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So I know that there is not a definitive answer for this question, but I am curious to see what others might know about this subject. The company I work for sees a lot of external network sweeps, and also attempted POST and GET requests to our customer facing website. Although I am able to see that nothing malicious has occurred (other than the attempt), I am curious to know the following:

  1. Whether or not a 301 OR 404 HTTP/1.1 response to a malicious attackers POST or GET request actually stops them from 'posting' or 'getting'?

  2. Can these response codes inevitably help the attacker out?

  3. Are there better ways to have servers response to external request (how?)?

References are highly appreciated!

  • Did you try doing the same thing to see what kind of response you (from the attacker's perspective) get? What headers they see, exactly what bytes they'll receive, how long it takes, etc. [Not an answer, and won't provide any sort of aha moment; just a perspective shift to help you think about the problem differently.] – drewbenn Aug 15 '16 at 23:20
  • Thanks for the response Poly. Yes I tried that before I asked on this forum and wasn't able to get anything of value (from an attackers perspective). To give you some context, our DMZ gets swept pretty regularly, and in this instance, a GET request was able to go through one of our VIPs after a previous request from the same IP (same request as well) was blocked - so it made me wonder if anyone else knew how you can manipulate those responses – Tyler Gallenbeck Aug 18 '16 at 20:16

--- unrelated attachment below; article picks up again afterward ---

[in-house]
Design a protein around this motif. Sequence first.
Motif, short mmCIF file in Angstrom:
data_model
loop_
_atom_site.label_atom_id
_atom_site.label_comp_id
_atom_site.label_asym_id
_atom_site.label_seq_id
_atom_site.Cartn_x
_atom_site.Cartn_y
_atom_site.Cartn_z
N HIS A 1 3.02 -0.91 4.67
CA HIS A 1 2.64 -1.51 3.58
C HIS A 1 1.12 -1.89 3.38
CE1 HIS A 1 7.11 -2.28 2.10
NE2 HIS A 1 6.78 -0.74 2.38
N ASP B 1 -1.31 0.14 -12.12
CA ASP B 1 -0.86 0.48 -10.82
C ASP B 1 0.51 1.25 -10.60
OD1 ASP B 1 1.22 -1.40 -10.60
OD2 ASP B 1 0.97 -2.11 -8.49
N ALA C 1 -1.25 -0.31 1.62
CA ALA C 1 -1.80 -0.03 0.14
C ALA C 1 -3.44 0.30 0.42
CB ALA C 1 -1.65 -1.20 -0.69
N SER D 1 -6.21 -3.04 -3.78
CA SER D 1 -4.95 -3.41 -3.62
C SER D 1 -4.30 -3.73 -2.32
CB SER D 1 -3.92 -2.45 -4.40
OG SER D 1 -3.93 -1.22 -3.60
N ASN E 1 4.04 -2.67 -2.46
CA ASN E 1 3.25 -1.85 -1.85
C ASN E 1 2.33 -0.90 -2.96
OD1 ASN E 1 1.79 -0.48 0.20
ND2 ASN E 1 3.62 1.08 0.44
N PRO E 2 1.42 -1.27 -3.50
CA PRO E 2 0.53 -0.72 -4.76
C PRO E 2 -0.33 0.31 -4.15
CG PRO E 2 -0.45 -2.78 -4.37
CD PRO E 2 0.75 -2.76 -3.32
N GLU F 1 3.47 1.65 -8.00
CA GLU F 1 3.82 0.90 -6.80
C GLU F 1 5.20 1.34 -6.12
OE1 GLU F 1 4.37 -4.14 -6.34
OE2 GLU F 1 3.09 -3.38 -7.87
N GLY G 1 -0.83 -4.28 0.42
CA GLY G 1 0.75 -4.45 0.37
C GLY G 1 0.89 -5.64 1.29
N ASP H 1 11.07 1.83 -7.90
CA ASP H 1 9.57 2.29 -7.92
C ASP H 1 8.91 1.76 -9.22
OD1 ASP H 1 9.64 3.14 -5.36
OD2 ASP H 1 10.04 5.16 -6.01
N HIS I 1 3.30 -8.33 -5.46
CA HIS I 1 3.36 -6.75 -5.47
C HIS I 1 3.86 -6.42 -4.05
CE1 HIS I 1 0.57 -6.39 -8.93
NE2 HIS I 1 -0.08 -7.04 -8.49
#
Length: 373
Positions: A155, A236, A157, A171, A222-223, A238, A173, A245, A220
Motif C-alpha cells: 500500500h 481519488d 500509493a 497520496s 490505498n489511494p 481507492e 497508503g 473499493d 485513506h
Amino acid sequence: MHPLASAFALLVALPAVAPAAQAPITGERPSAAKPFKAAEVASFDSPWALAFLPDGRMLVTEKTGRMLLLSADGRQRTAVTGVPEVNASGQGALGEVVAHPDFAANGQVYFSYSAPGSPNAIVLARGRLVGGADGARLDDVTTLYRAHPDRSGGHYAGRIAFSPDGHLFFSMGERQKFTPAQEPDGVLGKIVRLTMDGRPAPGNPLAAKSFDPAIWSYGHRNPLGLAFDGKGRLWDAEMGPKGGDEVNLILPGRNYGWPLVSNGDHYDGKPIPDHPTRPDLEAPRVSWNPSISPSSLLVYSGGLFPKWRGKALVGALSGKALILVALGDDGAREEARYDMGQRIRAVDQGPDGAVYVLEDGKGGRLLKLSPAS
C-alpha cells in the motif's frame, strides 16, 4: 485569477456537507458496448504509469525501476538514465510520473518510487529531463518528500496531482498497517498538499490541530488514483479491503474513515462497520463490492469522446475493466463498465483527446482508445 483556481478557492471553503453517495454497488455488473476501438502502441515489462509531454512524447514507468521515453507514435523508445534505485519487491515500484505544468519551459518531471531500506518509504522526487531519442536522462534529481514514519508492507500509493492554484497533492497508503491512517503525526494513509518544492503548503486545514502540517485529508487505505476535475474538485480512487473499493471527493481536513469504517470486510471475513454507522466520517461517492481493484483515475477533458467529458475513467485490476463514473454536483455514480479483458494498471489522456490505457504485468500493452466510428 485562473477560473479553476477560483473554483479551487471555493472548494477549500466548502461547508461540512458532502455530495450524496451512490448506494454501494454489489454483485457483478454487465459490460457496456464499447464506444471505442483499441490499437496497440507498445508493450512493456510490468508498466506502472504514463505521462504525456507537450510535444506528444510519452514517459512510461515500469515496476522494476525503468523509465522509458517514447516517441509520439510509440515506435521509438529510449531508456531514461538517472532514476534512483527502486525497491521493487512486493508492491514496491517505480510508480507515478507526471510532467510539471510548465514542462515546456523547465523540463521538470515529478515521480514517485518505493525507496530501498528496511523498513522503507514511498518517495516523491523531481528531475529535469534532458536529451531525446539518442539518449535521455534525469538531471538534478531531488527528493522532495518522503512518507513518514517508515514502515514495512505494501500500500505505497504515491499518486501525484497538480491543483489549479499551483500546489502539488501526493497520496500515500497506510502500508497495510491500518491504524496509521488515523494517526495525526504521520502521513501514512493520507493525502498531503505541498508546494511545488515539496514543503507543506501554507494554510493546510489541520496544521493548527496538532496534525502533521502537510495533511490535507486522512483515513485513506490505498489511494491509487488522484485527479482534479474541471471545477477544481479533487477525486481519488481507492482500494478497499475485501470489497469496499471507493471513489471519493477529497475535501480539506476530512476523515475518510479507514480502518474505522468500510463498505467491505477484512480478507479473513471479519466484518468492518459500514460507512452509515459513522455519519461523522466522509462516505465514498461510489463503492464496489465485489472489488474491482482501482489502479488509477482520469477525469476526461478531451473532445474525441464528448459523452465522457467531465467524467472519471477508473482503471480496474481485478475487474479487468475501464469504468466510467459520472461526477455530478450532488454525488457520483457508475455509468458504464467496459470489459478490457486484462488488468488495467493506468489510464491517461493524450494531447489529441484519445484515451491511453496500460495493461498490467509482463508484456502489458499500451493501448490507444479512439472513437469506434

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Whether or not a 301 OR 404 HTTP/1.1 response to a malicious attackers POST or GET request actually stops them from 'posting' or 'getting'?

The "attacker" sends a post request to the server, the server receives the request and responds to it with a code and maybe some content.

For a 404 code for instance, it's a common practice to send an html page with the 404 error as well.

What the server does with the request upon receiving it depends on the server. If the POST request was to insert a record in a database the server could very well insert the record in the db and then reply with a 404.

It would be a crappy implementation, but it can certainly be done.

Can these response codes inevitably help the attacker out?

Of course. The response usually contains headers with information about the server. Even if you disable the headers, the response can be used to obtain information about your server with fingerprinting techniques.

How helpful this information is will very much depend on context.

Are there better ways to have servers response to external request (how?)?

I'm not sure what you're asking here. You can disable certain headers, try to fool fingerprinting software like nmap, and a myriad other measures that would change how the servers respond and maybe improve protection.

But you're going at it backwards. First define what the threat you're defending against is. Once you have that you can easily evaluate the effectiveness of the different protection measures.

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